‘Shayda’ Review: An Intimate and Sturdy Character Study

Kenny Miles reviews Shayda, Noora Niasari's assured directional debut that is filled with intimate and contemplative moments.

Executive produced by Cate Blanchett and Australia’s submission in the Best International Feature Film category at the 96th Academy Awards, Noora Niasari’s “Shayda” finally opens in theaters this month. Niasari’s childhood memories inspire the poignant drama, which follows an Iranian immigrant woman in Australia named Shayda (Zar Amir Ebrahimi), who raises her young daughter Mona (a delicate Selina Zahednia). They both live in a women’s shelter, and Shayda is trying to divorce her abusive creep of a husband.

The gentle moments between Shayda and Mona work well together (which is not always the case with child actors), contrasting the movie’s overall tone. The lighting is gloomy for many scenes, and the thematic elements are just as sad. Her listening to a phone call was grim. Their circumstances are dire, and viewers hope for the best despite the overwhelming sadness. Zar Amir Ebrahimi, who was terrific in “Holy Spider,” is just as effective as a woman trapped in burdensome circumstances.

A tender exploration of the aftermath of domestic abuse, the hindrance of oppression patriarchy is too much to bear for Shayda. We witness the abusive ex is eerie, suddenly showing up like a true villain in little ways and gaslights both the ex-lover and his child in different ways. I don’t want to mislabel this as a thriller, but “Shayda” is full of tension and the dread of uncertainty. The vulnerable, emotionally wrought moments, like when she listens to a recorded message, are heartbreaking.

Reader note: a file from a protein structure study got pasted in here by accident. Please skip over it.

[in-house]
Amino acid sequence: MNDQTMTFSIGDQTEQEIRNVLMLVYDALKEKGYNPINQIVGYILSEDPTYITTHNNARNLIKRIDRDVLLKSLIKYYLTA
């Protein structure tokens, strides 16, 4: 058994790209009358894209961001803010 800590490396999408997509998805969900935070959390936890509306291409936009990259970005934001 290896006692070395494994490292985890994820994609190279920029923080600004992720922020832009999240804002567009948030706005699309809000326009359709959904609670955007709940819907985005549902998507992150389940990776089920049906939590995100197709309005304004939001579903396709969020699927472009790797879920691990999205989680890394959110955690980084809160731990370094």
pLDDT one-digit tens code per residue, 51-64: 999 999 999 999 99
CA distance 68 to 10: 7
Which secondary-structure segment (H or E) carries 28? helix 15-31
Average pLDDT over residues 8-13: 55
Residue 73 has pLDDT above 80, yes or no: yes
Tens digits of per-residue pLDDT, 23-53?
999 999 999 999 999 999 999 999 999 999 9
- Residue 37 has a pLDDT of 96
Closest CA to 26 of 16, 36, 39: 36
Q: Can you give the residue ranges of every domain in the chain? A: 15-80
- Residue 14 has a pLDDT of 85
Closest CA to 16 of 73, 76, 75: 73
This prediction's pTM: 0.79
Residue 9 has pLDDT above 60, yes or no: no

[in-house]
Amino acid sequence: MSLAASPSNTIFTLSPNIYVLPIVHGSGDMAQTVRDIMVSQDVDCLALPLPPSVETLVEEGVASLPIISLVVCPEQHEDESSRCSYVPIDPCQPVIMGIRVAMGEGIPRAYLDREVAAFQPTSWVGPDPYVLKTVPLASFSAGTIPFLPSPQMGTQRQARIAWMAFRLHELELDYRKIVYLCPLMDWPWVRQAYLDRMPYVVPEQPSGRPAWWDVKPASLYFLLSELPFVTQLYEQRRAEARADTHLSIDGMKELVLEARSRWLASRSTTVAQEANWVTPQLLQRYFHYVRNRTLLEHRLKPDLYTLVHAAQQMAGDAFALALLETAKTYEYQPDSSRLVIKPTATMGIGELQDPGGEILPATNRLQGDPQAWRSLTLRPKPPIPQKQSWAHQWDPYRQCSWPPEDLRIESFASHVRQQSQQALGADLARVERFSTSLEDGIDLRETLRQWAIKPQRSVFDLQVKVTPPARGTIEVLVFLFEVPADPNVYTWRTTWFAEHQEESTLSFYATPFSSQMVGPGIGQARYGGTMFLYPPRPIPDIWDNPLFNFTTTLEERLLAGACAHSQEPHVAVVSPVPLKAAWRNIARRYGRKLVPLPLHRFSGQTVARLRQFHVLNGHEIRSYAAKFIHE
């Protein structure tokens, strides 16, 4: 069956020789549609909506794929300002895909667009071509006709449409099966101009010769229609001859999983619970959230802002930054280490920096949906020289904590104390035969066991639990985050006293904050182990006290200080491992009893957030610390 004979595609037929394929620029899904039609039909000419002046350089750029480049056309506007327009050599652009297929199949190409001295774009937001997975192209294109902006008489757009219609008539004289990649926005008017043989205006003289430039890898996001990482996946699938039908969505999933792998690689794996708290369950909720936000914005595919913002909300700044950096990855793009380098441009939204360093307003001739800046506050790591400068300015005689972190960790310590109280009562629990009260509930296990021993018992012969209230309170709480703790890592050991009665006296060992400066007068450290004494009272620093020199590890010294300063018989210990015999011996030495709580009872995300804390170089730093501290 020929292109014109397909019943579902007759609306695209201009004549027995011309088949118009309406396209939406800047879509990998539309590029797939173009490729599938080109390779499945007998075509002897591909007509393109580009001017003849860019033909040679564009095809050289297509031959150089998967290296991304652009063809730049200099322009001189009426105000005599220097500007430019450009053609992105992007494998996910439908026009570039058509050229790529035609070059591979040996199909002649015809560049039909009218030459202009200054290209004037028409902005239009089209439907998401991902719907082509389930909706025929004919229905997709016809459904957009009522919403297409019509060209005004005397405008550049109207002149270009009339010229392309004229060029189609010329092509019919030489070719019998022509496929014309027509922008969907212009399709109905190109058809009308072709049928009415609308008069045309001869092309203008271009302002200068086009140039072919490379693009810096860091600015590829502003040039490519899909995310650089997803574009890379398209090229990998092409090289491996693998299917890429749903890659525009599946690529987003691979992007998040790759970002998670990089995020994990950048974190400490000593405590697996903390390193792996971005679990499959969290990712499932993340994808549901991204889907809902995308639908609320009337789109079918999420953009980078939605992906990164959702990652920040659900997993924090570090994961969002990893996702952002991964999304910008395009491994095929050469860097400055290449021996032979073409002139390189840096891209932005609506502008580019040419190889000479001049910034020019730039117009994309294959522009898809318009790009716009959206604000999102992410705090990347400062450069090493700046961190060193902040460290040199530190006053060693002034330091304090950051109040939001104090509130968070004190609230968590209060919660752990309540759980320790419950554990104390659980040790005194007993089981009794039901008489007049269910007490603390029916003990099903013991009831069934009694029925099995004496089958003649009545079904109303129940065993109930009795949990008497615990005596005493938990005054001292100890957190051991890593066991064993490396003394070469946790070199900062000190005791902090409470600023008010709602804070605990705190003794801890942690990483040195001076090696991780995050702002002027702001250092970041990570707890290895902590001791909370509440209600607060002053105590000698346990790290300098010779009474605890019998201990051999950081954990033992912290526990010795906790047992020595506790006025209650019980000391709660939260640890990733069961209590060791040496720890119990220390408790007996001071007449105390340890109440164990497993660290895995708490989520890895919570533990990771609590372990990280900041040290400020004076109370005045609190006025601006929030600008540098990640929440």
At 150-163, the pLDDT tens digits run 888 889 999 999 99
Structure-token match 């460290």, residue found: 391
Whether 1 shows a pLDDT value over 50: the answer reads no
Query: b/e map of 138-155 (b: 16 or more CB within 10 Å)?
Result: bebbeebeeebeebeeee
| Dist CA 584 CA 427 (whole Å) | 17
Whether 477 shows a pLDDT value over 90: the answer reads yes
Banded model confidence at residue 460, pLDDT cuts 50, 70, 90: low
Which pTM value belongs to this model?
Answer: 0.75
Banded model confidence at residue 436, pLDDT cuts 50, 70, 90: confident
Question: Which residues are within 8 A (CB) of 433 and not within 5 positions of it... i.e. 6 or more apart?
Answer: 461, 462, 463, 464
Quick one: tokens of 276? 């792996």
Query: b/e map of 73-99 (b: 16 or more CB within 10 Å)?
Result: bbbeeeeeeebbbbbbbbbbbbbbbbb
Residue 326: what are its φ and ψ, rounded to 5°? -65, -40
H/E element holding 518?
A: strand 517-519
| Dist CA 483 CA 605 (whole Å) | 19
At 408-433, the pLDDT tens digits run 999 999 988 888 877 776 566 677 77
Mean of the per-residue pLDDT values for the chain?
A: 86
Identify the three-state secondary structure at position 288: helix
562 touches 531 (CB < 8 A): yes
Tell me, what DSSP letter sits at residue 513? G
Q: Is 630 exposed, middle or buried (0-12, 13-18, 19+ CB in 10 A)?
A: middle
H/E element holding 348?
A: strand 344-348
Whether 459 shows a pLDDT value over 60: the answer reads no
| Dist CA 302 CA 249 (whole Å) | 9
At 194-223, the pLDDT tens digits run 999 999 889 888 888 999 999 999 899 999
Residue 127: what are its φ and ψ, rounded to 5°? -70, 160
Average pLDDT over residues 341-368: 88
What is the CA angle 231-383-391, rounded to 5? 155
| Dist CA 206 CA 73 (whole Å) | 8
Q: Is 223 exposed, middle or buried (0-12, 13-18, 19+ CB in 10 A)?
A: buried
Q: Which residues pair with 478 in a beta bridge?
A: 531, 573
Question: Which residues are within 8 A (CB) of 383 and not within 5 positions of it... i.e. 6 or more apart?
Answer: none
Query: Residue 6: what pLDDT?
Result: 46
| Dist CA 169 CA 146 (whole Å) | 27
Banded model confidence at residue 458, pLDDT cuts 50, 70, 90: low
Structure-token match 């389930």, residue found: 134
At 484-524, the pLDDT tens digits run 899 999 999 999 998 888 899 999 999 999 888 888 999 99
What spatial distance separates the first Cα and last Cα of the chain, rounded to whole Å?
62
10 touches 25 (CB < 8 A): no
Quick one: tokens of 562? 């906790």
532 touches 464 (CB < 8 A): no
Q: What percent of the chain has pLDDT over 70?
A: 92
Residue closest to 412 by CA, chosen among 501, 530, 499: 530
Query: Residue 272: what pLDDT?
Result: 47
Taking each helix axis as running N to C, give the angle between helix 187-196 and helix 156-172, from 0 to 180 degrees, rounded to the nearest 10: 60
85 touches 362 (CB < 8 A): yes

See Also: ‘Femme’ Review: An Empathic Look at a Tragically Complex Situation

One of my favorite scenes is when Shayda experiences freedom in the dance club, which shows that she can’t enjoy her life unburdened by her ex’s presence. You can imagine the possibilities of a renewed life, and Shayda gets a taste of it. There is a sense of self-discovery and learning new ways of living like a liberated Western woman.

A SAG Outstanding Directing: First-time feature Film nominee (my favorite award during Oscar season), Noora Niasari’s assured directional debut is filled with contemplative moments. The gentle pacing and silent, long takes allow viewers to absorb the setting, and the mood feels like a supporting character lingering over the whole movie, like a spiritual presence. It is authentic to the culture and effectively conveys the conflicting cultural struggles of tradition and freedom.

Shayda is now playing in select theaters nationwide.

Written by
Kenny admired film criticism as a child when his mother wrote a positive review of Home Alone in his small town Arkansas newspaper and defended it against angry Letters to the Editor. Kenny Miles loves to talk about movies especially the cultural impact of a film, if something is overlooked by Hollywood, or whatever business trend has captured the Entertainment Industry’s attention, specialty releases, an auteur director, a unique premise, branding, and THE much infamous "awards season." Kenny currently lives in Denver, Colorado and is a member of the Denver Film Critics Society critics group. When he isn’t writing, Kenny channels his passion working as an events marketing coordinator. He spends many Friday nights exit polling for CinemaScore (and his opinions are his own).

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